Adaptive Value (also known as Survival Value) refers to the ways in which the behavior affects the survival and lifetime fitness of the individual organism. While it may seem fairly intuitive why established dominance hierarchies would be valuable for dominant males (i.e., they get access to females without having to constantly fight off subordinate males), it is less clear what advantages there are, if any, for the subordinate male. Some potential benefits for subordinates, while mostly theoretical, will nevertheless be presented and discussed.

Benefits for dominant males: Increased reproductive success

Although data for differential reproductive success between dominant and subordinate rats is not readily available, a comparison of offspring produced between dominant and subordinate zebrafish, which have a social hierarchy that operates similarly to that of rats, indicates that dominant males produce more offspring than subordinate males.

Increased reproductive fitness of dominant male zebrafish relative to subordinate male zebrafish. Reprinted from Paull et al., 2010.

Further taking into account the fact that individuals higher up on the ladder tend to have longer lifespans than lower-ranking individuals (Marmot et al., 1991), it is apparent that if an individual rat has the opportunity to be dominant, then it is likely in their best interests (both in terms of their lifespan and their reproductive fitness) to do so.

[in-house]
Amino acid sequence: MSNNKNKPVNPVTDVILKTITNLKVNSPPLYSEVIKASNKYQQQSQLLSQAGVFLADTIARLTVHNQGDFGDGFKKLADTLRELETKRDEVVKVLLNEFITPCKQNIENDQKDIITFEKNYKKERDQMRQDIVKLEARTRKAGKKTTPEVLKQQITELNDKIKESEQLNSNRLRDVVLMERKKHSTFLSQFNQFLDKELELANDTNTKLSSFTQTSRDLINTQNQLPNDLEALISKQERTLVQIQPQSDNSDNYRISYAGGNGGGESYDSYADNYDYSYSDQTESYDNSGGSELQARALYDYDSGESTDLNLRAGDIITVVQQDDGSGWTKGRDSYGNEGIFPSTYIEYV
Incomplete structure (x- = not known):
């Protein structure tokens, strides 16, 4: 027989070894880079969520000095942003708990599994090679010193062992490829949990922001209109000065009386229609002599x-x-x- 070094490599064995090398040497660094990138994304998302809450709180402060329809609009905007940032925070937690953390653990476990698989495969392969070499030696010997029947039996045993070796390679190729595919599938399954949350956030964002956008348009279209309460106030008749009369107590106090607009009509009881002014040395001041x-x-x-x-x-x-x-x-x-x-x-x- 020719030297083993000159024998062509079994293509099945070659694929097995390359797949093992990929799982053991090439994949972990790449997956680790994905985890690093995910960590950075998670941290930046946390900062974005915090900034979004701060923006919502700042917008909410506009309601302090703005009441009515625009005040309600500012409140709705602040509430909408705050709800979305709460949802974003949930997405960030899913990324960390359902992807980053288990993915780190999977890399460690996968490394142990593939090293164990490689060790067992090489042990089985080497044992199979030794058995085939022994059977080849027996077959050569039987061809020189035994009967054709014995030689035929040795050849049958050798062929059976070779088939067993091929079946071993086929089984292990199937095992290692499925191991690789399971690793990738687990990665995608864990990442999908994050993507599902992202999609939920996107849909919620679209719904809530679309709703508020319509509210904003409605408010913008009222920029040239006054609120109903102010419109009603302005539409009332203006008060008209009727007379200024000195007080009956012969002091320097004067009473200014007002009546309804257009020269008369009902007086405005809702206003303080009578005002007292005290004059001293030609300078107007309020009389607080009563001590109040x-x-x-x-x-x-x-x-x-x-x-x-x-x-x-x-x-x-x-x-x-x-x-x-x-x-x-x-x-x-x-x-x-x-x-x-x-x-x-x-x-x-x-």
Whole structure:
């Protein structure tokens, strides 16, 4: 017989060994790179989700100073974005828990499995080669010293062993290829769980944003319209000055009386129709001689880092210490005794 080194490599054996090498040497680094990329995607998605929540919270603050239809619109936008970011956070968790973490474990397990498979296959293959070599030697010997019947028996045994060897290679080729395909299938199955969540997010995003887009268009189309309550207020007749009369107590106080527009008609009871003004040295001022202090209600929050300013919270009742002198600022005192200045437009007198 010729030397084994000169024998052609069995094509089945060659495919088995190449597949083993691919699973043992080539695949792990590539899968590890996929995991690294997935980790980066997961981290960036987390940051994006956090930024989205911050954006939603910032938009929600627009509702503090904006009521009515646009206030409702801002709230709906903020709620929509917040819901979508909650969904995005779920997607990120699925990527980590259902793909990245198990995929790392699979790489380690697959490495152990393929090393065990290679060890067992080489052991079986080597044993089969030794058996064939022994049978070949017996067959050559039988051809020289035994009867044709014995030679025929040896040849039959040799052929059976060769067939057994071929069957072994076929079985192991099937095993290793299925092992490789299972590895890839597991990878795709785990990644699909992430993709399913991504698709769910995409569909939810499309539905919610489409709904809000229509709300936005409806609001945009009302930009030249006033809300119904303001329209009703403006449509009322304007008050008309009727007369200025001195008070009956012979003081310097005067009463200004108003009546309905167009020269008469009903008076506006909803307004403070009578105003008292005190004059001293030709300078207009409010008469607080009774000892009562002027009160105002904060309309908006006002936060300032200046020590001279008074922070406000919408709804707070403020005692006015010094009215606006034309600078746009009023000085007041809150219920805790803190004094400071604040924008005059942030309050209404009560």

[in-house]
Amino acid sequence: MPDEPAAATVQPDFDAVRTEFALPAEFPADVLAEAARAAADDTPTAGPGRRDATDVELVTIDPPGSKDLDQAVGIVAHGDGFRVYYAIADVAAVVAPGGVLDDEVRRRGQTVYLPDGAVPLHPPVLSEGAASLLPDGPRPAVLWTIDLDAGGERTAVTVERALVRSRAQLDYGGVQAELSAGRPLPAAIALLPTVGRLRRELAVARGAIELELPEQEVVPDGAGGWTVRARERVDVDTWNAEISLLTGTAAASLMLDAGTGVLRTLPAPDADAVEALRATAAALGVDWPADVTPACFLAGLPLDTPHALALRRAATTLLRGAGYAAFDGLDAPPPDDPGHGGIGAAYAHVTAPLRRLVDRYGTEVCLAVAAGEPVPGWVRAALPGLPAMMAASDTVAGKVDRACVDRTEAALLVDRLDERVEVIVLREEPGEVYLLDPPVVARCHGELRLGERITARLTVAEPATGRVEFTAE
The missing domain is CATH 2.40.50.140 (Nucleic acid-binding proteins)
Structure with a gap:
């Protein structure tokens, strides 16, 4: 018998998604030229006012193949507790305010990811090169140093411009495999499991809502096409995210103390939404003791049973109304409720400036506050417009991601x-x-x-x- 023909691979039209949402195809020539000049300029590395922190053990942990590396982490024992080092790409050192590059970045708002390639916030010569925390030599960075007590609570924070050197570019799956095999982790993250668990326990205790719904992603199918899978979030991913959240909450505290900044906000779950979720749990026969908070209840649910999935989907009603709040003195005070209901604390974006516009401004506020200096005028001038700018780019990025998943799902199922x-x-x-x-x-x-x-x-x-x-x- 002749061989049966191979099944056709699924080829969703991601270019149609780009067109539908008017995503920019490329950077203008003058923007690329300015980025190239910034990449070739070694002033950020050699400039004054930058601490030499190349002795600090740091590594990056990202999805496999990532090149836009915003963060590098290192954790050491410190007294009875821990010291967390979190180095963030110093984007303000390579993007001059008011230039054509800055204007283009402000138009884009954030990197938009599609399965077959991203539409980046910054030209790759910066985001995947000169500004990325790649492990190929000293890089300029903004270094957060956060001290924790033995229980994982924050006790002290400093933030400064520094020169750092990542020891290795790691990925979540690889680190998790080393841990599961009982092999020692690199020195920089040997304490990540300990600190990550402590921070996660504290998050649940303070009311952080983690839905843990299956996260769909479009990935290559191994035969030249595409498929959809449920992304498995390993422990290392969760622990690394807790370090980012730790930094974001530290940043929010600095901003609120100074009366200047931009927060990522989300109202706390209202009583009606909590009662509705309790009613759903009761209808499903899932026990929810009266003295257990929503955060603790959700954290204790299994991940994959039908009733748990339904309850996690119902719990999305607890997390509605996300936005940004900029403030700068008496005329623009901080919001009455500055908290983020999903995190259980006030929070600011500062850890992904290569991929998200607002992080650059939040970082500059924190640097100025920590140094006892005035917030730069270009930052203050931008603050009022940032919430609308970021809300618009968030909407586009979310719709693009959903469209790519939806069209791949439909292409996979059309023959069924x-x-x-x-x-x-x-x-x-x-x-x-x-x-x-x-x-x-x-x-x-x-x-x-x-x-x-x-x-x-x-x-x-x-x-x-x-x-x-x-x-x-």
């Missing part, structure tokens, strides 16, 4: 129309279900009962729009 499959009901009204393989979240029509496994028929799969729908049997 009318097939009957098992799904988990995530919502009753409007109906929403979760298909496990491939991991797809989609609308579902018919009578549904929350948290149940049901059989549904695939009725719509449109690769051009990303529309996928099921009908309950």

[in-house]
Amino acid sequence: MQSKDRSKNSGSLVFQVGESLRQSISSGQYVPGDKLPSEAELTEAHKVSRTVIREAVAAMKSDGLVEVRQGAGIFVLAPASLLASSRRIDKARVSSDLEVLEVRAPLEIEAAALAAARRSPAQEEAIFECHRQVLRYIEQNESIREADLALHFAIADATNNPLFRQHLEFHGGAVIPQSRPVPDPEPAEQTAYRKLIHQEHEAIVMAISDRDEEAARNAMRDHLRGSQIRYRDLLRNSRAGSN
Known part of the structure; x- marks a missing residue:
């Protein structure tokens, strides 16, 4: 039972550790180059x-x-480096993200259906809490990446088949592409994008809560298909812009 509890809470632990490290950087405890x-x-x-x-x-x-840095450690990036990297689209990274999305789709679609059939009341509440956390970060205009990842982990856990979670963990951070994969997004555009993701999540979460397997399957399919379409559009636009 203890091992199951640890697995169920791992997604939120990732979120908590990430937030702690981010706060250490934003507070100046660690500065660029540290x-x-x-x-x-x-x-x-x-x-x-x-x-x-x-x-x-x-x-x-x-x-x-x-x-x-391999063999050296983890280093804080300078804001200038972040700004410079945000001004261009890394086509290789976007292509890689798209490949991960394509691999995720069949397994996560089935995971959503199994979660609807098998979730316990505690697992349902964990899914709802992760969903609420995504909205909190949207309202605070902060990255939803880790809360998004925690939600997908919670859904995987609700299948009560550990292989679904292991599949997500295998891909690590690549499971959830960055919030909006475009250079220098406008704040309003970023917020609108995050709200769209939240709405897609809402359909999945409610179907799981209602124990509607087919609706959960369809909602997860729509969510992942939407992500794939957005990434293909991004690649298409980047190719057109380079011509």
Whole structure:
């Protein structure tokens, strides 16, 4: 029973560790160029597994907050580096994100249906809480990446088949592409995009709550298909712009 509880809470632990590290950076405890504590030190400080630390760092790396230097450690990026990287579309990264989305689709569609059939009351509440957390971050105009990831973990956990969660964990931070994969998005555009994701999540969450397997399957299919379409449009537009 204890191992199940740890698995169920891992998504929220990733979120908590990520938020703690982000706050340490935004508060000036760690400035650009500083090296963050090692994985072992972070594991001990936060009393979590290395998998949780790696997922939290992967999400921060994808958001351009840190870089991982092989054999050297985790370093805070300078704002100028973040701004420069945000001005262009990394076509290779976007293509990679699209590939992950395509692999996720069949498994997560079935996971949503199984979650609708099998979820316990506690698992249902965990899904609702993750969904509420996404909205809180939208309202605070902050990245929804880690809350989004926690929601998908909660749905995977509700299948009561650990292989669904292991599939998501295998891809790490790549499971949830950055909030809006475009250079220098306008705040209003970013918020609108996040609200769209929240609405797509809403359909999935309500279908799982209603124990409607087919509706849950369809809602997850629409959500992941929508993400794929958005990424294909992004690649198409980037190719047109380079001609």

Benefits for subordinates: Prevents death by fighting

As discussed at greater length in Silk et al., 2007, while a subordinate male will likely be less reproductively fit than a dominant male, they still enjoy greater fitness than if the dominance hierarchy was not present at all. The major speculation for this conclusion is that while the hierarchy may prevent a subordinate from mating in most occasions, it does at least discourage the sort of violent conflicts over females that might very well result in the death of a subordinate male if no hierarchy was present. Additionally, reproductive tactics such as subordinate males covertly mating with females allow them to produce offspring without the need to directly challenge a larger dominant male.